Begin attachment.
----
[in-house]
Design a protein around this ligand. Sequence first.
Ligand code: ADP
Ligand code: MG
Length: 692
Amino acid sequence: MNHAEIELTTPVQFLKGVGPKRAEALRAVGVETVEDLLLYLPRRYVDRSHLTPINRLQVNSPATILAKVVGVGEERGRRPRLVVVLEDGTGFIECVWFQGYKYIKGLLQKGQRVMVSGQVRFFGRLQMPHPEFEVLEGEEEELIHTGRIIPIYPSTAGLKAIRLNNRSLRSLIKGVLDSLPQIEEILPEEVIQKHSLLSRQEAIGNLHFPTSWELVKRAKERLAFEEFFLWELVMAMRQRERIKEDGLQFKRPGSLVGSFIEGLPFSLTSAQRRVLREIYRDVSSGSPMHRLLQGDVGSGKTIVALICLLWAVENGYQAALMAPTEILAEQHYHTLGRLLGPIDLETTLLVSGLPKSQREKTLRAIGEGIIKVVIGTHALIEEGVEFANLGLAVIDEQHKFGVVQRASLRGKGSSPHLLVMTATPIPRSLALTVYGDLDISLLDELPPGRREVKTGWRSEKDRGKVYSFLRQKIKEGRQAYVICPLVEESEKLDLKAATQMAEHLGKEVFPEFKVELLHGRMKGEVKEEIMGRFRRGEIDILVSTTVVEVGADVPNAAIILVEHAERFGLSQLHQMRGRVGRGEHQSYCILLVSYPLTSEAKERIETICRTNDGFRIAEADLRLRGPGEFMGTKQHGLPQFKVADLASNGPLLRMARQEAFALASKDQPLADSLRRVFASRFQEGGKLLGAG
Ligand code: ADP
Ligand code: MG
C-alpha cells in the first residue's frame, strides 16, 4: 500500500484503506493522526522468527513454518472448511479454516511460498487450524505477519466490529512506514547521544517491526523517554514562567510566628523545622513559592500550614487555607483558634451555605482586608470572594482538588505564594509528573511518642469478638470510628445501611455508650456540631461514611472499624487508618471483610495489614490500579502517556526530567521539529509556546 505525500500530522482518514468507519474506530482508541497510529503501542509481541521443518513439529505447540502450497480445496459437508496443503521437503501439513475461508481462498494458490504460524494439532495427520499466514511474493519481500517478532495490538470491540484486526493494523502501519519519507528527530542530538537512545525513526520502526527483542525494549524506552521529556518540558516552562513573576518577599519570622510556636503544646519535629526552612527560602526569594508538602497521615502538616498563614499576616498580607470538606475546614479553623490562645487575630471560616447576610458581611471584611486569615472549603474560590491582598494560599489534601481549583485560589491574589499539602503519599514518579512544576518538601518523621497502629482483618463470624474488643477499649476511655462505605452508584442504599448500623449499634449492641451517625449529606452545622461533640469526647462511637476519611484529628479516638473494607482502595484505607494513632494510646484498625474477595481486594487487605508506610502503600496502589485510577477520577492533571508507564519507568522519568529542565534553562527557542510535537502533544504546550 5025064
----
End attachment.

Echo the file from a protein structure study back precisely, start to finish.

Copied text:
[in-house]
Design a protein around this ligand. Sequence first.
Ligand code: ADP
Ligand code: MG
Length: 692
Amino acid sequence: MNHAEIELTTPVQFLKGVGPKRAEALRAVGVETVEDLLLYLPRRYVDRSHLTPINRLQVNSPATILAKVVGVGEERGRRPRLVVVLEDGTGFIECVWFQGYKYIKGLLQKGQRVMVSGQVRFFGRLQMPHPEFEVLEGEEEELIHTGRIIPIYPSTAGLKAIRLNNRSLRSLIKGVLDSLPQIEEILPEEVIQKHSLLSRQEAIGNLHFPTSWELVKRAKERLAFEEFFLWELVMAMRQRERIKEDGLQFKRPGSLVGSFIEGLPFSLTSAQRRVLREIYRDVSSGSPMHRLLQGDVGSGKTIVALICLLWAVENGYQAALMAPTEILAEQHYHTLGRLLGPIDLETTLLVSGLPKSQREKTLRAIGEGIIKVVIGTHALIEEGVEFANLGLAVIDEQHKFGVVQRASLRGKGSSPHLLVMTATPIPRSLALTVYGDLDISLLDELPPGRREVKTGWRSEKDRGKVYSFLRQKIKEGRQAYVICPLVEESEKLDLKAATQMAEHLGKEVFPEFKVELLHGRMKGEVKEEIMGRFRRGEIDILVSTTVVEVGADVPNAAIILVEHAERFGLSQLHQMRGRVGRGEHQSYCILLVSYPLTSEAKERIETICRTNDGFRIAEADLRLRGPGEFMGTKQHGLPQFKVADLASNGPLLRMARQEAFALASKDQPLADSLRRVFASRFQEGGKLLGAG
Ligand code: ADP
Ligand code: MG
C-alpha cells in the first residue's frame, strides 16, 4: 500500500484503506493522526522468527513454518472448511479454516511460498487450524505477519466490529512506514547521544517491526523517554514562567510566628523545622513559592500550614487555607483558634451555605482586608470572594482538588505564594509528573511518642469478638470510628445501611455508650456540631461514611472499624487508618471483610495489614490500579502517556526530567521539529509556546 505525500500530522482518514468507519474506530482508541497510529503501542509481541521443518513439529505447540502450497480445496459437508496443503521437503501439513475461508481462498494458490504460524494439532495427520499466514511474493519481500517478532495490538470491540484486526493494523502501519519519507528527530542530538537512545525513526520502526527483542525494549524506552521529556518540558516552562513573576518577599519570622510556636503544646519535629526552612527560602526569594508538602497521615502538616498563614499576616498580607470538606475546614479553623490562645487575630471560616447576610458581611471584611486569615472549603474560590491582598494560599489534601481549583485560589491574589499539602503519599514518579512544576518538601518523621497502629482483618463470624474488643477499649476511655462505605452508584442504599448500623449499634449492641451517625449529606452545622461533640469526647462511637476519611484529628479516638473494607482502595484505607494513632494510646484498625474477595481486594487487605508506610502503600496502589485510577477520577492533571508507564519507568522519568529542565534553562527557542510535537502533544504546550 5025064